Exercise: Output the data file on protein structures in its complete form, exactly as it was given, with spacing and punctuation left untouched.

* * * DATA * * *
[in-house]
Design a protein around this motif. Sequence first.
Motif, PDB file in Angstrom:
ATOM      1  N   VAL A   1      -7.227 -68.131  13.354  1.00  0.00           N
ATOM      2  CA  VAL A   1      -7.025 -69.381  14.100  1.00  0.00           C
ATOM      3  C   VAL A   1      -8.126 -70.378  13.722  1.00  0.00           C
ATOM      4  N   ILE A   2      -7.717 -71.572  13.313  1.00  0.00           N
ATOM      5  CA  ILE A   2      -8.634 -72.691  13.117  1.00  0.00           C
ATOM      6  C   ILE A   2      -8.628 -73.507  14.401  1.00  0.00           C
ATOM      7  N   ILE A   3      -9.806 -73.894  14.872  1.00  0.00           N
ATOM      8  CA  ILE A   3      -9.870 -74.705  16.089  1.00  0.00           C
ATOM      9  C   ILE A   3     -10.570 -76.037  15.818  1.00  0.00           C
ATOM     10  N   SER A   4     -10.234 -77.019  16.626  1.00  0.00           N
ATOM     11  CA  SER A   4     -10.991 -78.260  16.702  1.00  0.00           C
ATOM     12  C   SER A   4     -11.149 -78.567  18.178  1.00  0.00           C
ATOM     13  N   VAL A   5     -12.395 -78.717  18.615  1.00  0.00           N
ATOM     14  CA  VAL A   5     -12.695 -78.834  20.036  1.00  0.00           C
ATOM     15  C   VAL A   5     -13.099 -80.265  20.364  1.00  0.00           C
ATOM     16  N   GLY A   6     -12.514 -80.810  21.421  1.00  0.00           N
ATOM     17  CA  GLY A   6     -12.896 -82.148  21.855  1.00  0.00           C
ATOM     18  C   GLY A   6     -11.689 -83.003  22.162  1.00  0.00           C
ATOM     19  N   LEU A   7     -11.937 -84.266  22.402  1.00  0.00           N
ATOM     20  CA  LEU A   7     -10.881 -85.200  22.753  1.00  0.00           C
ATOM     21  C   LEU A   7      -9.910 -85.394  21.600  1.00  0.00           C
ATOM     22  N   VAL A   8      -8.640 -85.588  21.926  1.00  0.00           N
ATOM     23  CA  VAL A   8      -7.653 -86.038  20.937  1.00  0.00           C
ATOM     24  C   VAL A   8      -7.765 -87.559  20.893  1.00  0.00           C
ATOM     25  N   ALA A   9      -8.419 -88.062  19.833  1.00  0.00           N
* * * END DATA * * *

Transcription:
[in-house]
Design a protein around this motif. Sequence first.
Motif, PDB file in Angstrom:
ATOM      1  N   VAL A   1      -7.227 -68.131  13.354  1.00  0.00           N
ATOM      2  CA  VAL A   1      -7.025 -69.381  14.100  1.00  0.00           C
ATOM      3  C   VAL A   1      -8.126 -70.378  13.722  1.00  0.00           C
ATOM      4  N   ILE A   2      -7.717 -71.572  13.313  1.00  0.00           N
ATOM      5  CA  ILE A   2      -8.634 -72.691  13.117  1.00  0.00           C
ATOM      6  C   ILE A   2      -8.628 -73.507  14.401  1.00  0.00           C
ATOM      7  N   ILE A   3      -9.806 -73.894  14.872  1.00  0.00           N
ATOM      8  CA  ILE A   3      -9.870 -74.705  16.089  1.00  0.00           C
ATOM      9  C   ILE A   3     -10.570 -76.037  15.818  1.00  0.00           C
ATOM     10  N   SER A   4     -10.234 -77.019  16.626  1.00  0.00           N
ATOM     11  CA  SER A   4     -10.991 -78.260  16.702  1.00  0.00           C
ATOM     12  C   SER A   4     -11.149 -78.567  18.178  1.00  0.00           C
ATOM     13  N   VAL A   5     -12.395 -78.717  18.615  1.00  0.00           N
ATOM     14  CA  VAL A   5     -12.695 -78.834  20.036  1.00  0.00           C
ATOM     15  C   VAL A   5     -13.099 -80.265  20.364  1.00  0.00           C
ATOM     16  N   GLY A   6     -12.514 -80.810  21.421  1.00  0.00           N
ATOM     17  CA  GLY A   6     -12.896 -82.148  21.855  1.00  0.00           C
ATOM     18  C   GLY A   6     -11.689 -83.003  22.162  1.00  0.00           C
ATOM     19  N   LEU A   7     -11.937 -84.266  22.402  1.00  0.00           N
ATOM     20  CA  LEU A   7     -10.881 -85.200  22.753  1.00  0.00           C
ATOM     21  C   LEU A   7      -9.910 -85.394  21.600  1.00  0.00           C
ATOM     22  N   VAL A   8      -8.640 -85.588  21.926  1.00  0.00           N
ATOM     23  CA  VAL A   8      -7.653 -86.038  20.937  1.00  0.00           C
ATOM     24  C   VAL A   8      -7.765 -87.559  20.893  1.00  0.00           C
ATOM     25  N   ALA A   9      -8.419 -88.062  19.833  1.00  0.00           N